Early in Wooden Boats, Michael Ruhlman presents a paradox. The vast majority of today’s boats are fiberglass, their parts stamped out on assembly lines. Yet a magazine dedicated to hand-built wooden boats, WoodenBoat, is among the most popular in the boating world. It has 100,000 subscribers, ten times the number of wooden boats in the United States.
With that ten-to-one ratio of aspirants to owners, something needs explaining. Ruhlman does so via the people and boats of Gannon & Benjamin (G&B), a boatyard in Vineyard Haven, Massachusetts. He follows the design and construction of two G&B boats, covering everything from the wood’s provenance to shop-floor techniques.
Through it all, Ruhlman tells the G&B people’s stories, especially those of the principles, Ross and Nat, and their stubbornly idealistic way of boat-building: You must build a boat that, with proper care, will live forever. Your design must be worthy of forever, honing form and function to a point of perfection. Your materials must be natural complements to the air and water the boat will sail on, and against. You have thousands of years of wooden-boat practice to study. Learn it, preserve it, and carry it forward.
This worldview matters because mechanized production and modern materials can create good boats at relatively low cost, but they cannot create great, timeless boats.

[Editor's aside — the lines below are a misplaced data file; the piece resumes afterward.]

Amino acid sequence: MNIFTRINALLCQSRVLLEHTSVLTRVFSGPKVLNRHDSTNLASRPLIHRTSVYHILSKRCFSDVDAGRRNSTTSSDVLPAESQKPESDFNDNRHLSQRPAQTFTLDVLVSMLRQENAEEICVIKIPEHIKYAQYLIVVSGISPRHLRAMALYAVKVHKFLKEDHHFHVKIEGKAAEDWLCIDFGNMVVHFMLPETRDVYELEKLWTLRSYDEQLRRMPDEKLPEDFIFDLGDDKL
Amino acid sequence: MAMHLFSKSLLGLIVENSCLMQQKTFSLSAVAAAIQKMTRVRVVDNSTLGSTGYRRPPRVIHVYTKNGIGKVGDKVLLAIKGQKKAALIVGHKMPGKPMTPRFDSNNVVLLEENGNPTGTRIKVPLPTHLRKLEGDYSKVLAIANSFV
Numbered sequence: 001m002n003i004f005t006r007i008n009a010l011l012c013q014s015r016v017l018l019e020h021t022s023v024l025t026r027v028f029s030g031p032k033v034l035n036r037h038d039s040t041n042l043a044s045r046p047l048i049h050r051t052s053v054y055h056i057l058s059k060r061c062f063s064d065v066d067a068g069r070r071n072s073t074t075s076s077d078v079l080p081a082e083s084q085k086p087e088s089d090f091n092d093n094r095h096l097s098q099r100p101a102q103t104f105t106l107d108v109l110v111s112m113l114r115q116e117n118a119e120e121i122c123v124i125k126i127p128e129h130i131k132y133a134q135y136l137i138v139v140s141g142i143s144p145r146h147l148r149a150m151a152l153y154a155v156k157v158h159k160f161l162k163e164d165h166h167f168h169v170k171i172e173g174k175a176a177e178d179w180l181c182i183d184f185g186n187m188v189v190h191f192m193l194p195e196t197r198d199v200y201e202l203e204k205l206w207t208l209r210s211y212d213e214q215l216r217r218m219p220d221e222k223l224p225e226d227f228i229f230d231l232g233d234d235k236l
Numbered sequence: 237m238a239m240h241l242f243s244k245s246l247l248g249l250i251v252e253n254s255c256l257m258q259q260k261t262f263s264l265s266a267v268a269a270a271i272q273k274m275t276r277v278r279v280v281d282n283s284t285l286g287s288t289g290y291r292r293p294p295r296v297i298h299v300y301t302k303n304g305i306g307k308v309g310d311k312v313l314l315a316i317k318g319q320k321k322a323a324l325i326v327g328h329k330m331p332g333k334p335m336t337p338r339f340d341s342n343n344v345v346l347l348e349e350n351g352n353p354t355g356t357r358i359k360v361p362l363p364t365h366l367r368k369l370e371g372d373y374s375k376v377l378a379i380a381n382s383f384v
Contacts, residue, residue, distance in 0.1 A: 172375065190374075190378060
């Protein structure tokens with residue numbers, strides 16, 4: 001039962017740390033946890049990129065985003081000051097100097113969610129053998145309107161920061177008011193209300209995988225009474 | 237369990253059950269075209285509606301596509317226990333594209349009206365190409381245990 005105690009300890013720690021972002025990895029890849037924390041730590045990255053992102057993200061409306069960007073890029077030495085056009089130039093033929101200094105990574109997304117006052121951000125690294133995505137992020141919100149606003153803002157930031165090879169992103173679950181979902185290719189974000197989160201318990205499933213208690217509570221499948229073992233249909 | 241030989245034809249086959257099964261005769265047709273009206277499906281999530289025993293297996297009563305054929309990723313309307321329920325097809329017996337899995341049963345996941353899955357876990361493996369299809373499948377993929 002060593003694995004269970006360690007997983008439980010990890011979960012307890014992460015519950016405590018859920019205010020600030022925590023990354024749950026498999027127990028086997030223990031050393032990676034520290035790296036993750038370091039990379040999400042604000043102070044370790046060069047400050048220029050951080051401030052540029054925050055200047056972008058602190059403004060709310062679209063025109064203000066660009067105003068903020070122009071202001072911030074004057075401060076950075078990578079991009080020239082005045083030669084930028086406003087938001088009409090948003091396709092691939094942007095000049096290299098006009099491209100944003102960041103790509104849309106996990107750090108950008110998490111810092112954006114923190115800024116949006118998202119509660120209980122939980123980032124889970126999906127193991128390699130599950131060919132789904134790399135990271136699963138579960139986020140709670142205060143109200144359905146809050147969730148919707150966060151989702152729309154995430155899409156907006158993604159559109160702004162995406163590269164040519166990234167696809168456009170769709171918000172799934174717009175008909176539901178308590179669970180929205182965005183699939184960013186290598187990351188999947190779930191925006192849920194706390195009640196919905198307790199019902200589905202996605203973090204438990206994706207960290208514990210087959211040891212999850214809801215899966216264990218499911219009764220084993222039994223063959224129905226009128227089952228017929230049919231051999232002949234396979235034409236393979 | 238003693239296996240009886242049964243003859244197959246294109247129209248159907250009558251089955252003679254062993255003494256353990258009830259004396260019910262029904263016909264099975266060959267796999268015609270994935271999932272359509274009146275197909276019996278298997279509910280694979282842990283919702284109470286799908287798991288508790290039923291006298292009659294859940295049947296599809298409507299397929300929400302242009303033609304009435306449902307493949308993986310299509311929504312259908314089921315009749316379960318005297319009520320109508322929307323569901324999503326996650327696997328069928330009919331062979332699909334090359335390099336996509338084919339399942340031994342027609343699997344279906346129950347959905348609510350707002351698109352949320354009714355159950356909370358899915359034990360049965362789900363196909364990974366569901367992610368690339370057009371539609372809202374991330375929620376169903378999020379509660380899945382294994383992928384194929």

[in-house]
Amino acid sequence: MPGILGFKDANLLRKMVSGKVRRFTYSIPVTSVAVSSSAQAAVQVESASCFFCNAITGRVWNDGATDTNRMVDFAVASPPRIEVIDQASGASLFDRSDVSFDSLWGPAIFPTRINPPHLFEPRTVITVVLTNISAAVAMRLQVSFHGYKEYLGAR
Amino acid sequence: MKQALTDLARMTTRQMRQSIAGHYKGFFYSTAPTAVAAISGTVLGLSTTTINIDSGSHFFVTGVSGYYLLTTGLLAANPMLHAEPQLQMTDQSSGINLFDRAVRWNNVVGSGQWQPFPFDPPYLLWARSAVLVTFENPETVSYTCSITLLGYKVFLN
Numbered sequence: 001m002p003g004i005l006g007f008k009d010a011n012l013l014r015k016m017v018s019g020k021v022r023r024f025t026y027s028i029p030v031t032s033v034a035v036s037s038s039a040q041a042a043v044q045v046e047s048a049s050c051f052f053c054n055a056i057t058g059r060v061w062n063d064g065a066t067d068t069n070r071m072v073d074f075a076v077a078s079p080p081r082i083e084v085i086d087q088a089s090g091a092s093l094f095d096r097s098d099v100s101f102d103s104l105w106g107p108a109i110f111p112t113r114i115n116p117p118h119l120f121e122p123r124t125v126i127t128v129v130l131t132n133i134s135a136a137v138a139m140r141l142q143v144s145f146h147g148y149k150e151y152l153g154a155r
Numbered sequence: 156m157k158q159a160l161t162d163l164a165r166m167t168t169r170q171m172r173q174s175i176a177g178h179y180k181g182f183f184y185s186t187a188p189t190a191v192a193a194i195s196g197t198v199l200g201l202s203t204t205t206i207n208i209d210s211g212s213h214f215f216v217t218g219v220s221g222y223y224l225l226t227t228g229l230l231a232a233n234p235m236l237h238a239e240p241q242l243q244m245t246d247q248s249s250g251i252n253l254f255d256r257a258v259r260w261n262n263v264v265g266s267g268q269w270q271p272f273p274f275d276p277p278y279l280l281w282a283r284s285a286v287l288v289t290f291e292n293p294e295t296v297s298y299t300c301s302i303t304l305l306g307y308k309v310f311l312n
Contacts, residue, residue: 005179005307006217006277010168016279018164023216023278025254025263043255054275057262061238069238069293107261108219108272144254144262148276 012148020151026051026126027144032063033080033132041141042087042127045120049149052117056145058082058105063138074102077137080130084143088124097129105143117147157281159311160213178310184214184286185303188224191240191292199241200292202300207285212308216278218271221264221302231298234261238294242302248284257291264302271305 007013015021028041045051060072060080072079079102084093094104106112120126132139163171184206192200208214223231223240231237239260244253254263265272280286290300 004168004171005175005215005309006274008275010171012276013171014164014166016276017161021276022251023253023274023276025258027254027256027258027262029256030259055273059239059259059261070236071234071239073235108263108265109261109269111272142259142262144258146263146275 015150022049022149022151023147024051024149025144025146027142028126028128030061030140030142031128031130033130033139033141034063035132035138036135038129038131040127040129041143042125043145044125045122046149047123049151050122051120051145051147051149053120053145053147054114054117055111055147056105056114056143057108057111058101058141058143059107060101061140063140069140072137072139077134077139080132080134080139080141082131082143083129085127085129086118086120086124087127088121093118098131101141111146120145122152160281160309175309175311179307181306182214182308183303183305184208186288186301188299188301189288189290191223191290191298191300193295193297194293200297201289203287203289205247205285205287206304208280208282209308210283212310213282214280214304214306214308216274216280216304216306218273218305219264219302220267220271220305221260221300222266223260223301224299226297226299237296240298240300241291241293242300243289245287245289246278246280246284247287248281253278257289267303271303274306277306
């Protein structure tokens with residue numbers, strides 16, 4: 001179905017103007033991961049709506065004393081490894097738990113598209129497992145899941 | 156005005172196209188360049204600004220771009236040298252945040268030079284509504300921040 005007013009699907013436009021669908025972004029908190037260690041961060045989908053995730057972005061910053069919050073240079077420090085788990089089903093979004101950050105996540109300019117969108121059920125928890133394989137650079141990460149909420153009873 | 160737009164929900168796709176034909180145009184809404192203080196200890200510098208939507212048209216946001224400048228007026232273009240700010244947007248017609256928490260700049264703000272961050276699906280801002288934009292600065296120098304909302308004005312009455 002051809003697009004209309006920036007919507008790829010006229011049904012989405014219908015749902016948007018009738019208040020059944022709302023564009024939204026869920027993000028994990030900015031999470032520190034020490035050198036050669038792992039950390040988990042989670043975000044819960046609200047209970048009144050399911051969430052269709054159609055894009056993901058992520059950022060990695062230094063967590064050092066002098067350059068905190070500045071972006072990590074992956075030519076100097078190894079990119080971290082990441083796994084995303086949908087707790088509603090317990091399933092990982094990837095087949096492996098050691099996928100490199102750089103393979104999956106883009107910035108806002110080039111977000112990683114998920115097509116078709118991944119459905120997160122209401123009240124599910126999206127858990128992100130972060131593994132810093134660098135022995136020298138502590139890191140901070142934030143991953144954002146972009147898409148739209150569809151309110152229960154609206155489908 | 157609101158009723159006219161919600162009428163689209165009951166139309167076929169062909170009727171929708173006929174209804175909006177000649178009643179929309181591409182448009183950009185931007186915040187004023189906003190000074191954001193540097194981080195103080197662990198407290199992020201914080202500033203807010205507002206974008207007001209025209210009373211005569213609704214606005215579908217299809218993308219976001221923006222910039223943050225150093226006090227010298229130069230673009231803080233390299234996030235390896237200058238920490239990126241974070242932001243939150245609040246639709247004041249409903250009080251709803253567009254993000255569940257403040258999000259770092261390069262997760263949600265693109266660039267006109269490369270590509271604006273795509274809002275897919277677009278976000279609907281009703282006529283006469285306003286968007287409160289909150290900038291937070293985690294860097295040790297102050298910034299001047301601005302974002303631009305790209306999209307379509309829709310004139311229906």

Caring about such things is peculiarly human. The G&B boat-builders care. So do the 100,000 people that read WoodenBoat, even if most have settled for fiberglass in their own boats. Ruhlman wants you to care too.
It will help if you have a taste for the details of craftsmanship—why the cotton caulk is placed just so around countersunk bolt heads—because Wooden Boats has a lot of that. But it’s the people’s stories that make the book shine, assuming you see light in others’ idealism.
Not everyone does, a point Ruhlman makes in a vignette about visitors to the G&B shop:
Two strangers who had heard about the schooner walked along the staging, having a look around. They were a middle-aged man and woman, one a pragmatist, the other a romantic. They hung over the transom and stared down into the cavernous hull.
“You can see the world in here!” the woman exclaimed.
The man said, “That’s a lot of wood.”
Wooden Boats is about what people choose to see when they look down into that cavernous hull.